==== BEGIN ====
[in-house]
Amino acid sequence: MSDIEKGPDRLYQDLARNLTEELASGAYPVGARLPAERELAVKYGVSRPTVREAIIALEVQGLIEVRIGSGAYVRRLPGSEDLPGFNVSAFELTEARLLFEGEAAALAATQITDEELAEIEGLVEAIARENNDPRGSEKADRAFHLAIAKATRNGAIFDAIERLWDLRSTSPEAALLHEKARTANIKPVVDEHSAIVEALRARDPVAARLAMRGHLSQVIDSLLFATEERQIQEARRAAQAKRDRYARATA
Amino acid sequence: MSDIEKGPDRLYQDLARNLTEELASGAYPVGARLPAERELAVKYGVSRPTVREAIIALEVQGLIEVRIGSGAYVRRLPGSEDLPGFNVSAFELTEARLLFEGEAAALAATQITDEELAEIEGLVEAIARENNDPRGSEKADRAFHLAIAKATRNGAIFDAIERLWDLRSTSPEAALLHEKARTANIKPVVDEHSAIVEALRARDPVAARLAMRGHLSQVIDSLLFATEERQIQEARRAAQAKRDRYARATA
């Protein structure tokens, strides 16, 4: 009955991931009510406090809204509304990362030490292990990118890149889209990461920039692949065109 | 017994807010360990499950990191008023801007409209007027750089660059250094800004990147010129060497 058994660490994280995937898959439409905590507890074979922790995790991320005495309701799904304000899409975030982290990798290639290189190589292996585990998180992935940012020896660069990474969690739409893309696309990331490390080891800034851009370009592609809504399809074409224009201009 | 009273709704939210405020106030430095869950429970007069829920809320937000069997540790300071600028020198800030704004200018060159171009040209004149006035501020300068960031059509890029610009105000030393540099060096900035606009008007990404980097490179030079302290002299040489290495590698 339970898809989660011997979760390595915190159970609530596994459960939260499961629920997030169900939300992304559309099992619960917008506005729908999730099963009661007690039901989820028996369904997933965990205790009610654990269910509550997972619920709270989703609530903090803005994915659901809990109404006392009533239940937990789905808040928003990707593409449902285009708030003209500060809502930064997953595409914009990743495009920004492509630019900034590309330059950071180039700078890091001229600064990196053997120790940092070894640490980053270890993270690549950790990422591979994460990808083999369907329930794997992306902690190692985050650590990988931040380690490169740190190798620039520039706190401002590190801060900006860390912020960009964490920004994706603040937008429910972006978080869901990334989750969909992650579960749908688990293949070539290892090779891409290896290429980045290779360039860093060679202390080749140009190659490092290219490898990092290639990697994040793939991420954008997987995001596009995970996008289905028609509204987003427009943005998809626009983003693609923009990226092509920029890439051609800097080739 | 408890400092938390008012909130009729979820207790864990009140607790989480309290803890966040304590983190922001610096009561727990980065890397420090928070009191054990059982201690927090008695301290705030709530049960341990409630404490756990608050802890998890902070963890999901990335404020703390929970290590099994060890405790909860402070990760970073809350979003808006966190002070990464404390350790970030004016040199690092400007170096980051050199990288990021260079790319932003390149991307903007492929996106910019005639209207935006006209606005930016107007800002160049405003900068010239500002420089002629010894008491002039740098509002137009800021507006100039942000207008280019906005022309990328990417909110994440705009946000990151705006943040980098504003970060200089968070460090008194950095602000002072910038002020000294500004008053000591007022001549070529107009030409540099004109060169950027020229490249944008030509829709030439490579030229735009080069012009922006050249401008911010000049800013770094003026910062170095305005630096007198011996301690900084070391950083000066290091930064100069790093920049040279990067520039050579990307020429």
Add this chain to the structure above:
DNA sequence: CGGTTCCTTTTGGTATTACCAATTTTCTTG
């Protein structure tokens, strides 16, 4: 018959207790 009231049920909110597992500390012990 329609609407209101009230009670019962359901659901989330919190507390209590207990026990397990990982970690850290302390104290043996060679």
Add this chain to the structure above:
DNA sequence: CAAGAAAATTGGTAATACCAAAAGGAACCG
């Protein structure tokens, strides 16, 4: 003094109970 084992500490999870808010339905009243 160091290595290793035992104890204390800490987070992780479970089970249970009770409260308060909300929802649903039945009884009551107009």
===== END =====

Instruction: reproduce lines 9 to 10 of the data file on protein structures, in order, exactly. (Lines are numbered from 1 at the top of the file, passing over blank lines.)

DNA sequence: CAAGAAAATTGGTAATACCAAAAGGAACCG
């Protein structure tokens, strides 16, 4: 003094109970 084992500490999870808010339905009243 160091290595290793035992104890204390800490987070992780479970089970249970009770409260308060909300929802649903039945009884009551107009």